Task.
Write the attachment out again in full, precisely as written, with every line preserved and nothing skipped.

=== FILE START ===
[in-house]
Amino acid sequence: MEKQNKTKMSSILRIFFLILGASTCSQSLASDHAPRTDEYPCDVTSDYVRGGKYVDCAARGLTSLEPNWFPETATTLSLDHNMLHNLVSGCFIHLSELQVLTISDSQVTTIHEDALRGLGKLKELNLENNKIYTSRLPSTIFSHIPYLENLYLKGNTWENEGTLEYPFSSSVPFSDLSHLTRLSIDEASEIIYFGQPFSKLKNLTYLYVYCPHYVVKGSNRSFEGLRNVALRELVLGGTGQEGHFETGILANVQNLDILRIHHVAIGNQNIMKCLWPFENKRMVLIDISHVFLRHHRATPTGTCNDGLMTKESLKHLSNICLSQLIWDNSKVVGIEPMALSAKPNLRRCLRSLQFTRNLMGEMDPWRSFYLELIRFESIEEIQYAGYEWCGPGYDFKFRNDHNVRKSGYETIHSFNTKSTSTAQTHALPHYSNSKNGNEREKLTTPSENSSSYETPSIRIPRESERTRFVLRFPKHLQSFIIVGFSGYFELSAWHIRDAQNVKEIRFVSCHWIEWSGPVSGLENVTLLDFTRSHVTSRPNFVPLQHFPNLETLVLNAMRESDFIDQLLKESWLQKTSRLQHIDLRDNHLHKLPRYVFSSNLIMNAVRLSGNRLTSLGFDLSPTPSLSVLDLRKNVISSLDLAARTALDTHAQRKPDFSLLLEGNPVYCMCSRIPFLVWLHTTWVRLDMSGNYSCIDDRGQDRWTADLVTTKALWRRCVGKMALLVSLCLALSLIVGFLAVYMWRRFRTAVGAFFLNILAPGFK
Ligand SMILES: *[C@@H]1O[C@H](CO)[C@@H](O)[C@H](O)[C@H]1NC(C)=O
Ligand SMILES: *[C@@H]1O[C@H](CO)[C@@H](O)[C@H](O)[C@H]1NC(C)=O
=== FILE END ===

[in-house]
Amino acid sequence: MEKQNKTKMSSILRIFFLILGASTCSQSLASDHAPRTDEYPCDVTSDYVRGGKYVDCAARGLTSLEPNWFPETATTLSLDHNMLHNLVSGCFIHLSELQVLTISDSQVTTIHEDALRGLGKLKELNLENNKIYTSRLPSTIFSHIPYLENLYLKGNTWENEGTLEYPFSSSVPFSDLSHLTRLSIDEASEIIYFGQPFSKLKNLTYLYVYCPHYVVKGSNRSFEGLRNVALRELVLGGTGQEGHFETGILANVQNLDILRIHHVAIGNQNIMKCLWPFENKRMVLIDISHVFLRHHRATPTGTCNDGLMTKESLKHLSNICLSQLIWDNSKVVGIEPMALSAKPNLRRCLRSLQFTRNLMGEMDPWRSFYLELIRFESIEEIQYAGYEWCGPGYDFKFRNDHNVRKSGYETIHSFNTKSTSTAQTHALPHYSNSKNGNEREKLTTPSENSSSYETPSIRIPRESERTRFVLRFPKHLQSFIIVGFSGYFELSAWHIRDAQNVKEIRFVSCHWIEWSGPVSGLENVTLLDFTRSHVTSRPNFVPLQHFPNLETLVLNAMRESDFIDQLLKESWLQKTSRLQHIDLRDNHLHKLPRYVFSSNLIMNAVRLSGNRLTSLGFDLSPTPSLSVLDLRKNVISSLDLAARTALDTHAQRKPDFSLLLEGNPVYCMCSRIPFLVWLHTTWVRLDMSGNYSCIDDRGQDRWTADLVTTKALWRRCVGKMALLVSLCLALSLIVGFLAVYMWRRFRTAVGAFFLNILAPGFK
Ligand SMILES: *[C@@H]1O[C@H](CO)[C@@H](O)[C@H](O)[C@H]1NC(C)=O
Ligand SMILES: *[C@@H]1O[C@H](CO)[C@@H](O)[C@H](O)[C@H]1NC(C)=O